Personal and Social Education
Personal Social Education (PSE) is how students come to understand themselves and their relationships with others. A foundational element of our programme, it is a key that unlocks learning in the other four elements of the Learning Programme.
With an ability to recognise and regulate their emotions, form friendships and work both independently and collaboratively towards goals, students use their learning in the PSE programme to become active, self-directed learners and individuals.
At the heart of our educational philosophy is the belief that we prepare students not just for university, but for life. It is the skills and qualities students develop, as much as the knowledge and understanding they gain, that will define the quality of the life they live. PSE underpins everything we do, so that students feel truly valued by the adults who are leading their learning. They develop the confidence to become the effective and committed agents for change needed to shape a better world.
Students experience the PSE programme through explicit learning opportunities, such as morning meetings, mentor or advisory time and PSE lessons. These opportunities also connect to Child Safeguarding, enabling students to understand their bodies and emotions as well as recognise and manage unsafe situations. Personal and social learning also takes place implicitly through our school culture, in the way we interact with each other, and how learning is structured for groups of students. Grade or school assemblies build a sense of community as well as reiterate our values.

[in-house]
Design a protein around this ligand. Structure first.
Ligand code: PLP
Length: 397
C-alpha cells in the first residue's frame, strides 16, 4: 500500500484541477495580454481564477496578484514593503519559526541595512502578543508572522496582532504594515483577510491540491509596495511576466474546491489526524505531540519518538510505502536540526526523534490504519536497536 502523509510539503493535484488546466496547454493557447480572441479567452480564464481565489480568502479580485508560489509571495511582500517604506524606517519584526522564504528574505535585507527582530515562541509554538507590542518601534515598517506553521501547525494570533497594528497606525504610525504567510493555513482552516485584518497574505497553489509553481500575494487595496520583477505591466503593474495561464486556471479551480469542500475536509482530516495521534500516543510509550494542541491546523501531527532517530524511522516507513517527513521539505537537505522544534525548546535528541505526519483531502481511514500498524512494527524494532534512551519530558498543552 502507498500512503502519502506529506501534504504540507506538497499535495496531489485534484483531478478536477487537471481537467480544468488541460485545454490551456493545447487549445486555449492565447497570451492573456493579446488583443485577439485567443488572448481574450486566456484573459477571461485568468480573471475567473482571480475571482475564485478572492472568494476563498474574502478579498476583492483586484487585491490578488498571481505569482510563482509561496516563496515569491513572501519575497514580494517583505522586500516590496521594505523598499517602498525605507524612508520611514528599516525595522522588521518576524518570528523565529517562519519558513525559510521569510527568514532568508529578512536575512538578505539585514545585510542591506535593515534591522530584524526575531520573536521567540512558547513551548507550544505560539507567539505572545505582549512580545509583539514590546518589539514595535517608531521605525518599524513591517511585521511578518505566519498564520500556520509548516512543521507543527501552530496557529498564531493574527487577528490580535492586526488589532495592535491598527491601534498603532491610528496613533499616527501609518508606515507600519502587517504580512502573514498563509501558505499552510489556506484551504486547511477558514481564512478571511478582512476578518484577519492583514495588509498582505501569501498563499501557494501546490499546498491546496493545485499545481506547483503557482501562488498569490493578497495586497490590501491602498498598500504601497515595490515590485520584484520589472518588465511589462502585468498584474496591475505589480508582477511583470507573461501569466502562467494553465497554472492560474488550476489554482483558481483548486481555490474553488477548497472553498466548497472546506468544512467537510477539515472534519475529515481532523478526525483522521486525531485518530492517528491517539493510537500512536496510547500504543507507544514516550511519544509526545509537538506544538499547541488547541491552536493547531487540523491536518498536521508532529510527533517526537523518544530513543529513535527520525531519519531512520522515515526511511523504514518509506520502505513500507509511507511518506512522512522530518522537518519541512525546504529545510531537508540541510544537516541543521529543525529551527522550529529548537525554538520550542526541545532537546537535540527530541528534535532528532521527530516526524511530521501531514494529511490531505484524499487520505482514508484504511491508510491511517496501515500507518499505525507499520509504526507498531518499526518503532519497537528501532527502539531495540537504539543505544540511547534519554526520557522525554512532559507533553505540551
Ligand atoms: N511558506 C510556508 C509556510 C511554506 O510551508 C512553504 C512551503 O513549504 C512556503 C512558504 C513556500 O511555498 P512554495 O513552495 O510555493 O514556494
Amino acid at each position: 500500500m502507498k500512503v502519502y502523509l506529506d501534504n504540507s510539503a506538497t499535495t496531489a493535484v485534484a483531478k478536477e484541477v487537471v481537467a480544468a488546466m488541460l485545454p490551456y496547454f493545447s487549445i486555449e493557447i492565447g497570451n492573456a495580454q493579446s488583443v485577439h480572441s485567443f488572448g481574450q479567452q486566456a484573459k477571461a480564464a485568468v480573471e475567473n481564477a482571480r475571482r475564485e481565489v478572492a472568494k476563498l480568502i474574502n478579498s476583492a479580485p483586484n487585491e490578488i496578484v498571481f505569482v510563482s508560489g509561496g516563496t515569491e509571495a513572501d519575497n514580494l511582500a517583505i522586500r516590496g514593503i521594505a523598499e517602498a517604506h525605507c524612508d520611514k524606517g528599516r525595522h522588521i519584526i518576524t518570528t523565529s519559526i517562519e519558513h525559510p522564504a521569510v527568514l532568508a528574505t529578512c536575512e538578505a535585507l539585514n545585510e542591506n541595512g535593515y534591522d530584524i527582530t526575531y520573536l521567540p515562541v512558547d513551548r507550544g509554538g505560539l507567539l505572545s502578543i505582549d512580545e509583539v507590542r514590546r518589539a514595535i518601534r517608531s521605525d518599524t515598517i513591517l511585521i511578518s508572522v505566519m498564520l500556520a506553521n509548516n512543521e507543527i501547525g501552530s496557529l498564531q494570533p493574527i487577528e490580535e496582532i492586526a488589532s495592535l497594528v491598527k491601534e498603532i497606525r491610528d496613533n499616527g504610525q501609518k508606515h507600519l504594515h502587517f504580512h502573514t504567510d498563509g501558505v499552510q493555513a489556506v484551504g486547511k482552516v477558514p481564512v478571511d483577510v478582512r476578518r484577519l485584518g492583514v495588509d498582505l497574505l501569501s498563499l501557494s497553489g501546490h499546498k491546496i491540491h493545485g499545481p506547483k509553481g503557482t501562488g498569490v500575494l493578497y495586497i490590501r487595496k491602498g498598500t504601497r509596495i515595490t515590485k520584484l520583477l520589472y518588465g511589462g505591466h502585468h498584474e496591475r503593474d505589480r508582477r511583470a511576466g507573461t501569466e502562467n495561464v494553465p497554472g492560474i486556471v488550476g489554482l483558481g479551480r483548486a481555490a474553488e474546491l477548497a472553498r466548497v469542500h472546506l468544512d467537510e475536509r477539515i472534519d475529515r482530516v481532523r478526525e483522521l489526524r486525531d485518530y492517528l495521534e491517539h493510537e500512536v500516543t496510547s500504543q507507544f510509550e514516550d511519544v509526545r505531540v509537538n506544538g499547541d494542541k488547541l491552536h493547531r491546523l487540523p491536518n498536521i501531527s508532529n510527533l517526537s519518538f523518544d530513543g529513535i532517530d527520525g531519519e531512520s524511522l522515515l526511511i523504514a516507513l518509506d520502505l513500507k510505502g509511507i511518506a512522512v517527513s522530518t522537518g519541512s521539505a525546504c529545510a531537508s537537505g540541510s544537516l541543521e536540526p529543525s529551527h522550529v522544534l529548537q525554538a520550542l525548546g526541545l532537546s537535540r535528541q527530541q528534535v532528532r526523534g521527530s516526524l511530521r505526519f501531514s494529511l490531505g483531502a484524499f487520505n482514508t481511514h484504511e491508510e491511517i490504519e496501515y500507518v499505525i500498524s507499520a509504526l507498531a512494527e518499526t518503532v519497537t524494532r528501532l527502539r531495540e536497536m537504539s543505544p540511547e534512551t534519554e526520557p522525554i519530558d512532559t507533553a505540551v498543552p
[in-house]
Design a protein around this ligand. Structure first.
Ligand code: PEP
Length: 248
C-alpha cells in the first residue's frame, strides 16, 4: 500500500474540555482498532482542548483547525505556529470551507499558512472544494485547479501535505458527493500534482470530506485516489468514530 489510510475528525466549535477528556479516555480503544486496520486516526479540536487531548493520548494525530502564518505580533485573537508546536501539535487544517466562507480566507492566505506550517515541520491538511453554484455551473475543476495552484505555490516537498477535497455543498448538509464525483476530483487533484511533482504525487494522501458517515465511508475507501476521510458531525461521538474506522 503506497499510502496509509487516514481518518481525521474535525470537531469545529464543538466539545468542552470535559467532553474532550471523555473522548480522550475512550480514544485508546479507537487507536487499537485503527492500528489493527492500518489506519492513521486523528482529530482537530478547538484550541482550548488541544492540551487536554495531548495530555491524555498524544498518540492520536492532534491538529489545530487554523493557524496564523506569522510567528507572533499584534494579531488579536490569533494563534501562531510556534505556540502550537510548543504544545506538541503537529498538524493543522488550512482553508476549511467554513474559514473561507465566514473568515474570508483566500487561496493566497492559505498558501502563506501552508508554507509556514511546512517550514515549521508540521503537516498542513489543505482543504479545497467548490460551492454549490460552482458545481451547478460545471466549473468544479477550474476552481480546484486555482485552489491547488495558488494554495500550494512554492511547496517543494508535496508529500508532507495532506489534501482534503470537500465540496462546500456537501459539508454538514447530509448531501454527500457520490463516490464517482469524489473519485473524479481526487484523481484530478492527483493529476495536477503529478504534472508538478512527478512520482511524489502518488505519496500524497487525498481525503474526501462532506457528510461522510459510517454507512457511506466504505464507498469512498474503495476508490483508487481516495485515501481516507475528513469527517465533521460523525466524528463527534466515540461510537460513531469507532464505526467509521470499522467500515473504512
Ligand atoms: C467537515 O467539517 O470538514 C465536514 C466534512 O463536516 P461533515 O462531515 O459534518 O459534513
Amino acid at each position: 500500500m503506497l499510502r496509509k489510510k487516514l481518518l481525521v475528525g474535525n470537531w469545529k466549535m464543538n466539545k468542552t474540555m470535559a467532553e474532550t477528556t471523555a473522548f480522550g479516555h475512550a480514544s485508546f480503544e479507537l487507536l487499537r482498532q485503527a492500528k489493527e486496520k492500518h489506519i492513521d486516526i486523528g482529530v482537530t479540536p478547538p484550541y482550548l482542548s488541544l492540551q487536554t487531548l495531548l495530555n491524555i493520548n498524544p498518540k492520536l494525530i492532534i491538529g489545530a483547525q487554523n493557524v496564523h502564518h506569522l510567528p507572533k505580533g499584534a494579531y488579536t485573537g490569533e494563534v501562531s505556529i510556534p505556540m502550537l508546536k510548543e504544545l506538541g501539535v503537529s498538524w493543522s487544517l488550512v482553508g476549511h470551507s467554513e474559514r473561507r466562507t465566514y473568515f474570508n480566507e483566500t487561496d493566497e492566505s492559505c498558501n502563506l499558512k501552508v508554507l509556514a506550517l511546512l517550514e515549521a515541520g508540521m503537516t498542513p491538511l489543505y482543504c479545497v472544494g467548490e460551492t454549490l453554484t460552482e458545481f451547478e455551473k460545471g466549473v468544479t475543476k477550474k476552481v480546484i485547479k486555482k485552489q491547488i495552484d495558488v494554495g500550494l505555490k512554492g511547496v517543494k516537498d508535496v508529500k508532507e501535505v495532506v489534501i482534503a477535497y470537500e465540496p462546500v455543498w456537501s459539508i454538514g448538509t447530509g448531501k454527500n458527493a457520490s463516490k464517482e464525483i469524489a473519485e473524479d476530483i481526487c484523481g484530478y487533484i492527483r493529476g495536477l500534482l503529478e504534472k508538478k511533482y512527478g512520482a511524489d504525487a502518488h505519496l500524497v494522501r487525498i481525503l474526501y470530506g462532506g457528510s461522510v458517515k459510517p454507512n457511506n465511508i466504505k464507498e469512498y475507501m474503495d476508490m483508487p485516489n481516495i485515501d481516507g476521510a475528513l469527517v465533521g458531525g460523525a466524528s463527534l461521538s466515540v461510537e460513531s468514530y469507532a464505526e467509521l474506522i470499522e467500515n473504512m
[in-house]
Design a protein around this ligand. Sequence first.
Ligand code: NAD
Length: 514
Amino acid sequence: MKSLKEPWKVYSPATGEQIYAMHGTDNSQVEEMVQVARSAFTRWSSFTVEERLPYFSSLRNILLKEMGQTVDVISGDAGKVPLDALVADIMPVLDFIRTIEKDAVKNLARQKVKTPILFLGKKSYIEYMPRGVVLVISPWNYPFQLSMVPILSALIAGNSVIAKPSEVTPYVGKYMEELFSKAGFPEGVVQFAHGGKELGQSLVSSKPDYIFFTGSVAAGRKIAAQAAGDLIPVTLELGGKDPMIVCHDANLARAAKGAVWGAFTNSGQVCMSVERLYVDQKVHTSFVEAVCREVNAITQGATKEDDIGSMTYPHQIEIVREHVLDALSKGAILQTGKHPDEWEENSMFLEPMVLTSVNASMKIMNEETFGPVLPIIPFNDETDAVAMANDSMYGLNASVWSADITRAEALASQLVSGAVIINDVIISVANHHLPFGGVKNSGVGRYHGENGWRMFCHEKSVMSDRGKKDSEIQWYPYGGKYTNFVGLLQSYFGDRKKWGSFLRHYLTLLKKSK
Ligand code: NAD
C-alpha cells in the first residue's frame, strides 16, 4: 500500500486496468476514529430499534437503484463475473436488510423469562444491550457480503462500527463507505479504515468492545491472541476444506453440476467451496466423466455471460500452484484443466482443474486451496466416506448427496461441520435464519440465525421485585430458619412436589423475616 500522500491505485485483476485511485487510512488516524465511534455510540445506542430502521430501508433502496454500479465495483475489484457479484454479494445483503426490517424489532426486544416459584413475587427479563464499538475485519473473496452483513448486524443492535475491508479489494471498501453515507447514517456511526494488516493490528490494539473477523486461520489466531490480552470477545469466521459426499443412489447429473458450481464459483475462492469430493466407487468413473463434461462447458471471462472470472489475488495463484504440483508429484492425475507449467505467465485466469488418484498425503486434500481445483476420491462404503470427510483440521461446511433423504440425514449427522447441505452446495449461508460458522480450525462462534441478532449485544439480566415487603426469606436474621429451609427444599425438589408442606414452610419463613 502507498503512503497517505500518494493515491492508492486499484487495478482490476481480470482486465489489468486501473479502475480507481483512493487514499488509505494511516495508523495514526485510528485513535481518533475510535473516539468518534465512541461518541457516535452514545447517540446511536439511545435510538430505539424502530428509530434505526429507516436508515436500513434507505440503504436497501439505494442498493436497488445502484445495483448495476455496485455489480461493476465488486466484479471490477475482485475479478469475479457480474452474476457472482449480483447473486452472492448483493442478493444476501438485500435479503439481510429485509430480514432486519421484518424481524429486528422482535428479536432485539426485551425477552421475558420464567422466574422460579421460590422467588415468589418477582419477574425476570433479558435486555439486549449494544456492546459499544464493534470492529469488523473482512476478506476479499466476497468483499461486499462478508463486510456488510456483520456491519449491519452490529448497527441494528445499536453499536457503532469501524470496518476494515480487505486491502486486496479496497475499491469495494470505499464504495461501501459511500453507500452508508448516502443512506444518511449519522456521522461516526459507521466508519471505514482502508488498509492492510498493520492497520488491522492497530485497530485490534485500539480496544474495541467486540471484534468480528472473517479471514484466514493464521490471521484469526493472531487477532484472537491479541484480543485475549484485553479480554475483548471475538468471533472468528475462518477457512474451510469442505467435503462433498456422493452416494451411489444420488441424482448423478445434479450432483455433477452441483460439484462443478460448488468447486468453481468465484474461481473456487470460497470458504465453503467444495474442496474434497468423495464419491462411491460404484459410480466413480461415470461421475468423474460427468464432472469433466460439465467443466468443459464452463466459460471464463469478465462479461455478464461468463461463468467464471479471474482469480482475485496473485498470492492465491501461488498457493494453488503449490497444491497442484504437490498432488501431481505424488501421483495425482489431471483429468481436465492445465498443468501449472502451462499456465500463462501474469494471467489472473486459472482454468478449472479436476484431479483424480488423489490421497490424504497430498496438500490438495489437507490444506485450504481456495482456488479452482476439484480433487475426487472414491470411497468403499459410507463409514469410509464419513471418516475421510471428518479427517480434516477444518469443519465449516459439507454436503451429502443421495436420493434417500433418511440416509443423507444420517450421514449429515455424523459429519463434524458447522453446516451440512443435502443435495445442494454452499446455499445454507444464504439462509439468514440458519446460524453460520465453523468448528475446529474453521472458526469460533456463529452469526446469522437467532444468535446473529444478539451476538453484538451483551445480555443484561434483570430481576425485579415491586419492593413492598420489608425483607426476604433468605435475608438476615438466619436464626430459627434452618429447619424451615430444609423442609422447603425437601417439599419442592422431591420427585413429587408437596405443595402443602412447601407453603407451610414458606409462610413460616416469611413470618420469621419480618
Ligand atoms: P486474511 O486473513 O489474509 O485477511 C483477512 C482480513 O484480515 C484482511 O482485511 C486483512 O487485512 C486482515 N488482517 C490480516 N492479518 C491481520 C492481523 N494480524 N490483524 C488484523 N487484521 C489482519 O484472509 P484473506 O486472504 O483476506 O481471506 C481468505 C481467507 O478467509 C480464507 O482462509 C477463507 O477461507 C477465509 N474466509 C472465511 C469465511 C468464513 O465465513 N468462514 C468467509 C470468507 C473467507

Our Wellbeing Principles underpin the creation of the environment based on the underlying concepts of an individual need for autonomy, connectedness and competence. We use these needs to cultivate a caring supportive school environment where our whole community can thrive and learning can take place.
Personal and social learning also intentionally builds the skills and qualities of the UWCSEA profile by asking students to take an active role in everyday problem-solving, which reinforces the concepts of both the wellbeing and learning principles.